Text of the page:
How Hitler's botched plot got bogged down
Our reporter looks back on the astonishing - and hilarious - story of Nazi spies in Ireland
Don't forget your shovel if you want to go to work. No don't, especially if you're a German spy who's been dropped over Ireland and you need that shovel to bury your parachute.
But that's just what happened to the unfortunate Hermann Gortz when he jumped from a Heinkel bomber in the dead of night in May 1940. Not only did Gortz misplace his shovel, but he lost the wireless set that was instrumental to his mission. And it got worse. When Gortz got his bearings, he discovered that he'd landed near Ballivor in Co Meath, some 70 miles from his intended drop zone.
A middle-aged lawyer who had no knowledge of Ireland, Gortz's track record had not been promising. On a mission to England four years previously his ineptitude had landed him in Brixton Prison. His Irish trip would fare no better, not least because he stood out like a sore thumb in a land where continentals of any shape or size were as rare as hen's teeth. Clad in Teutonic breeches and riding boots, he cut a strange figure as he slogged the 70 miles to Dublin in search of Iseult Stuart, the wife of the writer and Nazi propagandist Francis.
Mrs Stuart arranged a meeting with members of the IRA which didn't go at all well for the German. Four young republicans menaced Gortz and relieved him of his cash before eventually taking them to their leader. Suffice to say that Gortz soon managed to blow his cover - carrying his World War One medals didn't help his case - and he went on the run. When the whole sorry saga of this hopeless spy was raised with the German ambassador Dr Hempel, the diplomat insisted that the 'Allo 'Allo style farce could only be a British plot to embarrass Germany.
The story of Gortz is just one of many tragicomic tales in a new book by the distinguished English historian Max Hastings. His sprawling tome takes a global view of spying during World War Two, but the chapter devoted to Ireland is by far the most entertaining and - this can be said - hilarious.
The Germans believed that they had enough popular and official support in Ireland to open a new front against Britain, and they felt the resurgent IRA could be the people to do it. The British, too, felt that this was a distinct possibility. A few years before the outbreak of war, when word spread out across the Irish Sea that our Government was in negotiations with Siemens-Schuckert to construct the Shannon Rural Electrification Scheme, the British government and media went ballistic.
The Daily Mail ran a condemnation headlined: "German Intrigue In Ireland - Bid For Economic Control". The Mail claimed that a so-called "Siemens Syndicate" was plotting to use the scheme as a Trojan Horse to set up Ireland as a German-controlled state on Britain's doorstep. The outbreak of war had changed the circumstances, but the idea remained the same.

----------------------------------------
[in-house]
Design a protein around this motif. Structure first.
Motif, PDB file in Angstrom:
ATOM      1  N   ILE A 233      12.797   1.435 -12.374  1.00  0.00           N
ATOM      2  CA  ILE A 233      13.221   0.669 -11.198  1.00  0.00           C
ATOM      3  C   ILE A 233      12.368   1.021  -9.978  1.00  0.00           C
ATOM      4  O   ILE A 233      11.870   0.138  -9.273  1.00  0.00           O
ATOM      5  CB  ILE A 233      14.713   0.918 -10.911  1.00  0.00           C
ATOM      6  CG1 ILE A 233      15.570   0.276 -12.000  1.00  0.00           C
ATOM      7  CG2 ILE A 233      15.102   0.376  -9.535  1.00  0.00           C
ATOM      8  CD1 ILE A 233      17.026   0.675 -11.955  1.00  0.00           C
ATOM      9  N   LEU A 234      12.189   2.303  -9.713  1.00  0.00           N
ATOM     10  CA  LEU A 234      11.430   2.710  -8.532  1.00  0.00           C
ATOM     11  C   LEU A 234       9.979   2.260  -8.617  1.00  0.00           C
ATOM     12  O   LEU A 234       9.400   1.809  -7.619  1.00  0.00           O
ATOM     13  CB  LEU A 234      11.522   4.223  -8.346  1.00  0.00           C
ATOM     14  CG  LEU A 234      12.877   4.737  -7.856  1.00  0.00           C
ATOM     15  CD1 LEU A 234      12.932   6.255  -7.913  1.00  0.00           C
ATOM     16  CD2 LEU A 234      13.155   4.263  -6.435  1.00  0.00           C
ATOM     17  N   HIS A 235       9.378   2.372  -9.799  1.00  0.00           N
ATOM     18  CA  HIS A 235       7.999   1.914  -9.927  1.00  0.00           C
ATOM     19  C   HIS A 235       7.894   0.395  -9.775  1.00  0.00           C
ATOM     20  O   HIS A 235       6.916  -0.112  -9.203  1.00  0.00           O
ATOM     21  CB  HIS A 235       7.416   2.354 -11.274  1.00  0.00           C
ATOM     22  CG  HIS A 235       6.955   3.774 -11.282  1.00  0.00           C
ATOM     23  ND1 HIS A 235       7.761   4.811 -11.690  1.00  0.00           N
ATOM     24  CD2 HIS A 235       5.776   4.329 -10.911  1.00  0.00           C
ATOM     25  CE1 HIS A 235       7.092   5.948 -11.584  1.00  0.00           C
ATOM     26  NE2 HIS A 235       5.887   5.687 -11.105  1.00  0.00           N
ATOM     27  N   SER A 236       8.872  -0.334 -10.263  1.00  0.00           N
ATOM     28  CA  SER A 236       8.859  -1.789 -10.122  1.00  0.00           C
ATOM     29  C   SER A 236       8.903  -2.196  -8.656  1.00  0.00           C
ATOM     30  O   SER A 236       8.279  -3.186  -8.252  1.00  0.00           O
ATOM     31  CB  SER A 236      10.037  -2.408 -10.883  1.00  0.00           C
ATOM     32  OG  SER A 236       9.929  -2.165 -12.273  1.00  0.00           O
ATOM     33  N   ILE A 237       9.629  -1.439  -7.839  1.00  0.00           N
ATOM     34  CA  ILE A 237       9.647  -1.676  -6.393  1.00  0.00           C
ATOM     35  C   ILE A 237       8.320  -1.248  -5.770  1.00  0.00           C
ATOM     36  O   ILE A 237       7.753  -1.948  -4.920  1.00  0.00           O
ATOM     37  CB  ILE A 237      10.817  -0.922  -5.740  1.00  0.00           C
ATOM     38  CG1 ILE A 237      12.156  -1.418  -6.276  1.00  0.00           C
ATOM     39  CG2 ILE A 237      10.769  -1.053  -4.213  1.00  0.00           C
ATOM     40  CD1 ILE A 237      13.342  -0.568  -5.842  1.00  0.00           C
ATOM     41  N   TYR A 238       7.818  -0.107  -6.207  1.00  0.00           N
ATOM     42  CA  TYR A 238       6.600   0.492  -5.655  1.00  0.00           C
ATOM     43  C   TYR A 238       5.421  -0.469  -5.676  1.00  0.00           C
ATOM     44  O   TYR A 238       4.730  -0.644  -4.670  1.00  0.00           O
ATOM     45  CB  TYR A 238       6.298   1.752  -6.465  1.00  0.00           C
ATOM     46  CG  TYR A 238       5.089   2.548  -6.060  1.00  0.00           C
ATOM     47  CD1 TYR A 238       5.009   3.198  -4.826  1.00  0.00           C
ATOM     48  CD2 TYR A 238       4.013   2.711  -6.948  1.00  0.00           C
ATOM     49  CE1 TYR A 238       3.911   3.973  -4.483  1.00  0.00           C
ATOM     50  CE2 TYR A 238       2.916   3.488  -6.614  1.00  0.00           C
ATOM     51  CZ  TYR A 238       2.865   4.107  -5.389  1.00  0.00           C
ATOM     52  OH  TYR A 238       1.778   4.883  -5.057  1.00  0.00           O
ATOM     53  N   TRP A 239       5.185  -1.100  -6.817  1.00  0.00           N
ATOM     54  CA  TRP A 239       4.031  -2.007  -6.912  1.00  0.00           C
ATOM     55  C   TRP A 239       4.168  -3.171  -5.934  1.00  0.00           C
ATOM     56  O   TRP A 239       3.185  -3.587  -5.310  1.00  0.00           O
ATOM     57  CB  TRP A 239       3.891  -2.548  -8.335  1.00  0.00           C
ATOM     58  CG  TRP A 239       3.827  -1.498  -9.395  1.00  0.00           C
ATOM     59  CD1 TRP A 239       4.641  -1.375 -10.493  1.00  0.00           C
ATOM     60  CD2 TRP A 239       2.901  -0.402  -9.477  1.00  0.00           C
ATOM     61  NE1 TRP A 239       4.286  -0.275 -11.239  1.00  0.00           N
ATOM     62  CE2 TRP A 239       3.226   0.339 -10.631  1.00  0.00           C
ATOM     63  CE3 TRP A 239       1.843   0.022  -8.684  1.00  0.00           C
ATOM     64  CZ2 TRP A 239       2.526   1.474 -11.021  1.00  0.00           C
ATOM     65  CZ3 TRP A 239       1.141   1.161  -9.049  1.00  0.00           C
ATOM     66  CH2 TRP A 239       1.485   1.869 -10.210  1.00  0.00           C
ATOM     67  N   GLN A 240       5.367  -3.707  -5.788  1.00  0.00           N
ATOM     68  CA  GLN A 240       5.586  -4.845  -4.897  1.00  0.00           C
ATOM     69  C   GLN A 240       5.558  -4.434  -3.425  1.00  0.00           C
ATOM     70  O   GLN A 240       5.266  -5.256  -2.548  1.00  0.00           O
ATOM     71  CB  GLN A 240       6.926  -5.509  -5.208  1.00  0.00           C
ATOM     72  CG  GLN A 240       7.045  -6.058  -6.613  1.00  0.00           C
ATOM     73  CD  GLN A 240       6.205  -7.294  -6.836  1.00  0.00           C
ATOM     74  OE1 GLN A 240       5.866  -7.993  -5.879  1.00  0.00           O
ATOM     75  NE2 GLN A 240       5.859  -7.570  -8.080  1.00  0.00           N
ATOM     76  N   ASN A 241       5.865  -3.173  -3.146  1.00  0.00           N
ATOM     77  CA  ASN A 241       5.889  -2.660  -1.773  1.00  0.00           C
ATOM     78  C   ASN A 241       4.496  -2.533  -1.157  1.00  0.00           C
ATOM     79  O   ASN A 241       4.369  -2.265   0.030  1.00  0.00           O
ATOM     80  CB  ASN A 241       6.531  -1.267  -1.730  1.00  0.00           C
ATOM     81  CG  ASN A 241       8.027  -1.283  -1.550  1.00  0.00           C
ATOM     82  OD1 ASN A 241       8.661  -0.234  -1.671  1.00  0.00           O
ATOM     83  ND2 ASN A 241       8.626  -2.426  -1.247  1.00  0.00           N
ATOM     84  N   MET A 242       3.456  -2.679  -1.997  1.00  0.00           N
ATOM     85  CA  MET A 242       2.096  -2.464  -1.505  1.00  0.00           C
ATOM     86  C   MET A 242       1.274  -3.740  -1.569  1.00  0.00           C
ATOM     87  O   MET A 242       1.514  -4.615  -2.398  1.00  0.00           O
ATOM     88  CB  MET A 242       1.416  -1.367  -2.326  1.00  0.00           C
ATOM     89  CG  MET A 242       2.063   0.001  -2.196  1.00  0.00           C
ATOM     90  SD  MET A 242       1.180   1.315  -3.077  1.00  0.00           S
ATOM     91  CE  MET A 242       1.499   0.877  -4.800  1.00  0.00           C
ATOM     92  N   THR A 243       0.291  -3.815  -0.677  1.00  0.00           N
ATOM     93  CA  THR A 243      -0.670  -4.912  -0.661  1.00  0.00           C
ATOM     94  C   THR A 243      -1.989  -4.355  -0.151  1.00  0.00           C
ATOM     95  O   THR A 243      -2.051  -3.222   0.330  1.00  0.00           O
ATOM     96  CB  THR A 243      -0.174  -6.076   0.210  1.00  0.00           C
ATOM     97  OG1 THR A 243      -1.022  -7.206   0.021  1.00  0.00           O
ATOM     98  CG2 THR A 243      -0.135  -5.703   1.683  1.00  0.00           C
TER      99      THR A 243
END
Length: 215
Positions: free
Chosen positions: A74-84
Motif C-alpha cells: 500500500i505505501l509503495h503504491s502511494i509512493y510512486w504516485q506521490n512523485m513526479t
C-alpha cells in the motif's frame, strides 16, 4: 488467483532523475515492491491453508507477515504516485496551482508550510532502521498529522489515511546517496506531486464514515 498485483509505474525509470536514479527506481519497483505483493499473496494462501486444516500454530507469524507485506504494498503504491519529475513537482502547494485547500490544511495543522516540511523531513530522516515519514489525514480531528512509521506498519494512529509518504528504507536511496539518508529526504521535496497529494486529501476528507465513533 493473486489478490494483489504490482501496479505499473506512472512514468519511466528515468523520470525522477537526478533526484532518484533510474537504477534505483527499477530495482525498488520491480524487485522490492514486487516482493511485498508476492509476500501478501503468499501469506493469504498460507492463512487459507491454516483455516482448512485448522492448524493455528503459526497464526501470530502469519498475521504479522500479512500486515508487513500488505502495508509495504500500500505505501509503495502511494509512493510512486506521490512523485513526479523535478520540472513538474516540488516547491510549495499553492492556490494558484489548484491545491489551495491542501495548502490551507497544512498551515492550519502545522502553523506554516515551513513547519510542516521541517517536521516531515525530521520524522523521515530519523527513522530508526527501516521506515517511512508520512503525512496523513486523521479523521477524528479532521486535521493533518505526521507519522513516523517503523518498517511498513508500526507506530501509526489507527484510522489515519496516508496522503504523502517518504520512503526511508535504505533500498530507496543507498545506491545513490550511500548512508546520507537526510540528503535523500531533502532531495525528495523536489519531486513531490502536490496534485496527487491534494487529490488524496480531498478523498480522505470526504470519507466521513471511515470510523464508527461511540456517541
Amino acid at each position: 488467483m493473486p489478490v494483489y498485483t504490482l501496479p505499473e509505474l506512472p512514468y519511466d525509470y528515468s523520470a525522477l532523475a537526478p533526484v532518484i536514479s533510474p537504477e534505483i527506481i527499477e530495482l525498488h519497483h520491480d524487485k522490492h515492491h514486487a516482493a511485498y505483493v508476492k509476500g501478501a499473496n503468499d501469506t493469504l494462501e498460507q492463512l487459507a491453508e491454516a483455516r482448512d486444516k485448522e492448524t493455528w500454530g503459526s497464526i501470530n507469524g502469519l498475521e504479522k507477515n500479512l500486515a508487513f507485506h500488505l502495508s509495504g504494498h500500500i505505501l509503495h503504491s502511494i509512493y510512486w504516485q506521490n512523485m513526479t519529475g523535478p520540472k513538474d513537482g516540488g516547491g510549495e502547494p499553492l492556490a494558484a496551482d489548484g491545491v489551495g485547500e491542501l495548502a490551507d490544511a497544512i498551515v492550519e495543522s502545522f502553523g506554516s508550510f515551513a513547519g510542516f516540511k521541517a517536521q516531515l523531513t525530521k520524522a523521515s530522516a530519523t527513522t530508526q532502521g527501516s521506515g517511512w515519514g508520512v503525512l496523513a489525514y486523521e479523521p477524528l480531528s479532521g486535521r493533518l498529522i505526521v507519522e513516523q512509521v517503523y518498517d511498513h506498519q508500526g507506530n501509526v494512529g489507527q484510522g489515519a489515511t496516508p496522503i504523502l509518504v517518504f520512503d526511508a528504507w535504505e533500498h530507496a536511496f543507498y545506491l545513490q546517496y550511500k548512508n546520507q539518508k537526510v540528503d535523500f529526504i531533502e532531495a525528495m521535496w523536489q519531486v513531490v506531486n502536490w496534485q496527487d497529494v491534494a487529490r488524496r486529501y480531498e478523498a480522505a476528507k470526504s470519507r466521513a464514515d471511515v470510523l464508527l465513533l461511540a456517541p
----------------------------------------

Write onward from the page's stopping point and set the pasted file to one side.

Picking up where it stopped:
The trouble with the Nazi plan to recruit the IRA was a conspicuous lack of planning. As Hastings points out: "A pervasive strand in all Germany's Irish operations was an awesome ignorance of that country, much greater than Britain's about, say, Albania."
The first spy sent to make contact with the republican movement was Oscar Pfaus, who was dispatched in early 1939 before the outbreak of hostilities. The extent of the spy's briefing before setting off on his mission was a lecture from a Celtic folklore enthusiast which, says Hastings, "bored the agent half to death". Had Pfaus bothered to do any homework, the last person he would have asked to put him in touch with the republican movement was General Eoin O'Duffy. Incredibly, the first person the spy approached was the former Garda Commissioner, founder of the Blueshirts and sworn enemy of the IRA. The fiery drink-fuelled O'Duffy told the German what to do with his plot.
When Pfaus finally tracked down some republicans, he indicated that he'd learned everything he knew about his job from spy novels, tearing a pound note in two and telling the IRA men to present it to identify themselves when they arrived in Germany to buy guns.
One of the funniest accounts in Hastings' book concerns perhaps the most unlikely of all the Nazi secret agents sent here, Ernst Weber-Drohl.
He was Austrian, tiny, aged over 60 and a former circus strongman. Weber-Drohl's sole qualification for his selection to travel was that he had fathered two children by an Irish woman. The mission got off to a disastrous start when he had a falling out with his wireless operator, who point blank said he was taking himself off the case.
Forced to go it alone, Weber-Drohl was put into a dinghy from a U-Boat off the Irish coast clutching the unwieldy wireless set. Almost inevitably, the former circus performer couldn't manage the balancing act and as he tried to paddle ashore the dinghy capsized. With his precious wireless set gone, he swam to shore. His mission didn't get much better from there and he was eventually arrested, fined £3 for entering the country illegally, re-arrested and interned. After his release he opted to live out his days in Ireland, scraping a fitful living by touring his strongman act. His story sums-up the story of Nazi spies in Ireland.
The Secret War: Spies, Codes & Guerrillas by Max Hastings is published by William Collins